Words by Sean Moeller, Illustration by Johnnie Cluney, Recording engineered by Mike Gentry
The heart flops. It flops again and again. It's not trying to flop, but it finds a way to get that way, to be limp and defeated. It finds a way to refuse guidance and advice. It finds a way to undermine the possibilities and to just go about doing it's half-assed dance through the nights of hard equations and blanked faces. The heart just flops. It drops dead, while still living.
Many of these problems are drawn from the people operating them, but the hearts are built to absorb all of the blame. They are fucked up and they are perverted. They are dumb and they are absent of reason and cunning. They are dullards and knuckleheads. They are jesters and snakes. They are ruled by the lust of simpletons when they fail and they are ruled by the brains of royalty when they are right - if ever they are.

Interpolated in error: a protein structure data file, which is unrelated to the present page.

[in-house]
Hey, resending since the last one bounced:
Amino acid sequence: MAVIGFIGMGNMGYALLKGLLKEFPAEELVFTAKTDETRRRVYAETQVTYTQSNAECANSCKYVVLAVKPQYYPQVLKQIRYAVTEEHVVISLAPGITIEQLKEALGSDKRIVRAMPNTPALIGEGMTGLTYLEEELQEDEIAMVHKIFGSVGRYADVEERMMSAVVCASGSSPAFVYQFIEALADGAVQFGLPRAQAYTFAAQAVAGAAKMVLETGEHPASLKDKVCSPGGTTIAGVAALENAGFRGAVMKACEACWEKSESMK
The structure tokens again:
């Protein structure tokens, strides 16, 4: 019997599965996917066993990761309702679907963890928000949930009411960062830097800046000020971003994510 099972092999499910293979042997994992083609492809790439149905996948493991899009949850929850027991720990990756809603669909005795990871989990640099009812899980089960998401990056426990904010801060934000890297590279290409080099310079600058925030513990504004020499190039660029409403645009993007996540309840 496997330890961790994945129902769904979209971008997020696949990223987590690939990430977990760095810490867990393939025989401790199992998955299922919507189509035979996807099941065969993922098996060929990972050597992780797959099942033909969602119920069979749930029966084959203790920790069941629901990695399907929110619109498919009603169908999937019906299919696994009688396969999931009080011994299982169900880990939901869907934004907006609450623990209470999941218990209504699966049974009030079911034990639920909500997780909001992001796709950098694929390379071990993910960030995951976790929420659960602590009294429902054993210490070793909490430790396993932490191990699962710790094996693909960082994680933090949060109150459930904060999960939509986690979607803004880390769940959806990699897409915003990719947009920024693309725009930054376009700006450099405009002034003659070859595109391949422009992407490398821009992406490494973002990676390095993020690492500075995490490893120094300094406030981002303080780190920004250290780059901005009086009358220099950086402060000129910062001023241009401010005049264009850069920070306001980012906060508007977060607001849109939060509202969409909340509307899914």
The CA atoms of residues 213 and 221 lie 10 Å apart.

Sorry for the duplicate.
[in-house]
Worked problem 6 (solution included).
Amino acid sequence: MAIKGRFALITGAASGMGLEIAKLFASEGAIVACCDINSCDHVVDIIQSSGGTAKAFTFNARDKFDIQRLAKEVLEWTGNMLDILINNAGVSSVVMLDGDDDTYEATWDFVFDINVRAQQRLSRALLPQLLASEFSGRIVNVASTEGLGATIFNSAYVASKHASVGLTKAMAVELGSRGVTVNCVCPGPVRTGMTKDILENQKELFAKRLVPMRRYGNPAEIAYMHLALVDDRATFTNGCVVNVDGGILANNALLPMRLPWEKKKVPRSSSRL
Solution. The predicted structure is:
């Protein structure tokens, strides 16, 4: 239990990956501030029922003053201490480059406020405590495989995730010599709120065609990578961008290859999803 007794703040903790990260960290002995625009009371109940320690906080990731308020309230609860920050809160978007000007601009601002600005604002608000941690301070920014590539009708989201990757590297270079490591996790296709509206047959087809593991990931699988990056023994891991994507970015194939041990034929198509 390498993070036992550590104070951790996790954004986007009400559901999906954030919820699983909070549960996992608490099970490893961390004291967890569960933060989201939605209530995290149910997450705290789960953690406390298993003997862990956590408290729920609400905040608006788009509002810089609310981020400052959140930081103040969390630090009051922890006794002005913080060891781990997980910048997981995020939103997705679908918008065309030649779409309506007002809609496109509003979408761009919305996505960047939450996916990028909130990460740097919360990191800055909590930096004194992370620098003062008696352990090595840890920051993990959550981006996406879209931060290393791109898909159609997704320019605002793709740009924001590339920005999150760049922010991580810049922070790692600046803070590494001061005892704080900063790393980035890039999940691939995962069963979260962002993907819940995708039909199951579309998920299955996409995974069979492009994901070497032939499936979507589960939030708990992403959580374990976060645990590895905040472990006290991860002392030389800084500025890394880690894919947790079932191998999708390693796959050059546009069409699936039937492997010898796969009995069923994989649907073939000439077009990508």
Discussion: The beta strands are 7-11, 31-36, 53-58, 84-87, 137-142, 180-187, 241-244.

The songs that Ryan Spencer and the rest of Detroit's Jamaican Queens write are those that are intrigued not just by the bearish sensibilities that these stupid hearts have, but also by all the messed up things they're going to try like hell to get themselves into. Spencer sings, "I've begun to think of love as an impossibility/Do you agree?" but that doesn't mean that he's going easy on the possibility of it going the other way. It's one of those attitudes that's sort of willing give anything a shot to get there, to prove it wrong. It's willing to throw it all out there on the line and see where the chips are going to fall.
Most of the time, this leads to some precarious outcomes. These are the stressed out and frazzled exploits of those fucking with love, seeing how much it can take, how much blows up and how much sticks. Spencer sings, "It takes a lot to mellow out," but there's nothing anywhere in these tales that would suggest that it's anything that he'd want to do.